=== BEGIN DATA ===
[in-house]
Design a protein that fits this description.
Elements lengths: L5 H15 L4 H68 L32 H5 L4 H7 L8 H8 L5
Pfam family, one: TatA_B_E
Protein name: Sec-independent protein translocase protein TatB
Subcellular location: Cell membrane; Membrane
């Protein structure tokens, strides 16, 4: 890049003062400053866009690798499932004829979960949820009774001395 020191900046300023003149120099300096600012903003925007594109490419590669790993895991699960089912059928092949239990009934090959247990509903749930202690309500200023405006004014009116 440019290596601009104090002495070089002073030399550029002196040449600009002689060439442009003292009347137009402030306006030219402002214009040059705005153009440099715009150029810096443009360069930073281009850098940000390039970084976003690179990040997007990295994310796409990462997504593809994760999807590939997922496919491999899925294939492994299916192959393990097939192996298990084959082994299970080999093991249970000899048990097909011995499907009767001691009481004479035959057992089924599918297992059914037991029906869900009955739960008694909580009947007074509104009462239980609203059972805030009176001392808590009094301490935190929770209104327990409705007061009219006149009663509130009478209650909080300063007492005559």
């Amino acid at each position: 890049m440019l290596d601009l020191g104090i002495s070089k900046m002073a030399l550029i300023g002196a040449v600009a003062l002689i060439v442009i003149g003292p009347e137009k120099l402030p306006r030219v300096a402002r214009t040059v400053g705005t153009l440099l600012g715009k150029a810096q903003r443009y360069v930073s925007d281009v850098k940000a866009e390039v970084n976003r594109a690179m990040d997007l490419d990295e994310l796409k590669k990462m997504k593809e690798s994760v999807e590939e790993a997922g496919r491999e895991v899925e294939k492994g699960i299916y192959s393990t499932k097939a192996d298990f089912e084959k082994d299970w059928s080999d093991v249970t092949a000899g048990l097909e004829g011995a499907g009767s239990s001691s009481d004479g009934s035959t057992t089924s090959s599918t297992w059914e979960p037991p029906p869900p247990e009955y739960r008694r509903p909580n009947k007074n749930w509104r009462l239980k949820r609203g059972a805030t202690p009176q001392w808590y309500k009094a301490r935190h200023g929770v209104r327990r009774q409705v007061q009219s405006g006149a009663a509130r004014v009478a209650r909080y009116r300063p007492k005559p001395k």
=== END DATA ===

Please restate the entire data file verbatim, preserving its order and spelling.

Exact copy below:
[in-house]
Design a protein that fits this description.
Elements lengths: L5 H15 L4 H68 L32 H5 L4 H7 L8 H8 L5
Pfam family, one: TatA_B_E
Protein name: Sec-independent protein translocase protein TatB
Subcellular location: Cell membrane; Membrane
């Protein structure tokens, strides 16, 4: 890049003062400053866009690798499932004829979960949820009774001395 020191900046300023003149120099300096600012903003925007594109490419590669790993895991699960089912059928092949239990009934090959247990509903749930202690309500200023405006004014009116 440019290596601009104090002495070089002073030399550029002196040449600009002689060439442009003292009347137009402030306006030219402002214009040059705005153009440099715009150029810096443009360069930073281009850098940000390039970084976003690179990040997007990295994310796409990462997504593809994760999807590939997922496919491999899925294939492994299916192959393990097939192996298990084959082994299970080999093991249970000899048990097909011995499907009767001691009481004479035959057992089924599918297992059914037991029906869900009955739960008694909580009947007074509104009462239980609203059972805030009176001392808590009094301490935190929770209104327990409705007061009219006149009663509130009478209650909080300063007492005559």
């Amino acid at each position: 890049m440019l290596d601009l020191g104090i002495s070089k900046m002073a030399l550029i300023g002196a040449v600009a003062l002689i060439v442009i003149g003292p009347e137009k120099l402030p306006r030219v300096a402002r214009t040059v400053g705005t153009l440099l600012g715009k150029a810096q903003r443009y360069v930073s925007d281009v850098k940000a866009e390039v970084n976003r594109a690179m990040d997007l490419d990295e994310l796409k590669k990462m997504k593809e690798s994760v999807e590939e790993a997922g496919r491999e895991v899925e294939k492994g699960i299916y192959s393990t499932k097939a192996d298990f089912e084959k082994d299970w059928s080999d093991v249970t092949a000899g048990l097909e004829g011995a499907g009767s239990s001691s009481d004479g009934s035959t057992t089924s090959s599918t297992w059914e979960p037991p029906p869900p247990e009955y739960r008694r509903p909580n009947k007074n749930w509104r009462l239980k949820r609203g059972a805030t202690p009176q001392w808590y309500k009094a301490r935190h200023g929770v209104r327990r009774q409705v007061q009219s405006g006149a009663a509130r004014v009478a209650r909080y009116r300063p007492k005559p001395k």